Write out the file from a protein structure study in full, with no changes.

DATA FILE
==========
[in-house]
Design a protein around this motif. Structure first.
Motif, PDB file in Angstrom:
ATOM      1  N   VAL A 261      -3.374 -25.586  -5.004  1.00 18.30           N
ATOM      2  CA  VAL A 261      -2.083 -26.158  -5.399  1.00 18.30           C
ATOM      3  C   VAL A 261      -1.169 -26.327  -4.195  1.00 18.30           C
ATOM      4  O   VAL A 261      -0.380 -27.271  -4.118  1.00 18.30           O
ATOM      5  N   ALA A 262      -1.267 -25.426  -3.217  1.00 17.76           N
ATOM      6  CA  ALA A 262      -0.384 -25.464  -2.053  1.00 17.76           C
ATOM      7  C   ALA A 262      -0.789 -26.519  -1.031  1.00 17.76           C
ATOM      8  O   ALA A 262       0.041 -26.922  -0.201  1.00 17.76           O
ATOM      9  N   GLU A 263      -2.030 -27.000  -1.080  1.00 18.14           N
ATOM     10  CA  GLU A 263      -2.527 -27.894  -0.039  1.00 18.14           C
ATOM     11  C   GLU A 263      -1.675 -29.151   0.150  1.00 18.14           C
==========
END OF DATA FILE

[in-house]
Design a protein around this motif. Structure first.
Motif, PDB file in Angstrom:
ATOM      1  N   VAL A 261      -3.374 -25.586  -5.004  1.00 18.30           N
ATOM      2  CA  VAL A 261      -2.083 -26.158  -5.399  1.00 18.30           C
ATOM      3  C   VAL A 261      -1.169 -26.327  -4.195  1.00 18.30           C
ATOM      4  O   VAL A 261      -0.380 -27.271  -4.118  1.00 18.30           O
ATOM      5  N   ALA A 262      -1.267 -25.426  -3.217  1.00 17.76           N
ATOM      6  CA  ALA A 262      -0.384 -25.464  -2.053  1.00 17.76           C
ATOM      7  C   ALA A 262      -0.789 -26.519  -1.031  1.00 17.76           C
ATOM      8  O   ALA A 262       0.041 -26.922  -0.201  1.00 17.76           O
ATOM      9  N   GLU A 263      -2.030 -27.000  -1.080  1.00 18.14           N
ATOM     10  CA  GLU A 263      -2.527 -27.894  -0.039  1.00 18.14           C
ATOM     11  C   GLU A 263      -1.675 -29.151   0.150  1.00 18.14           C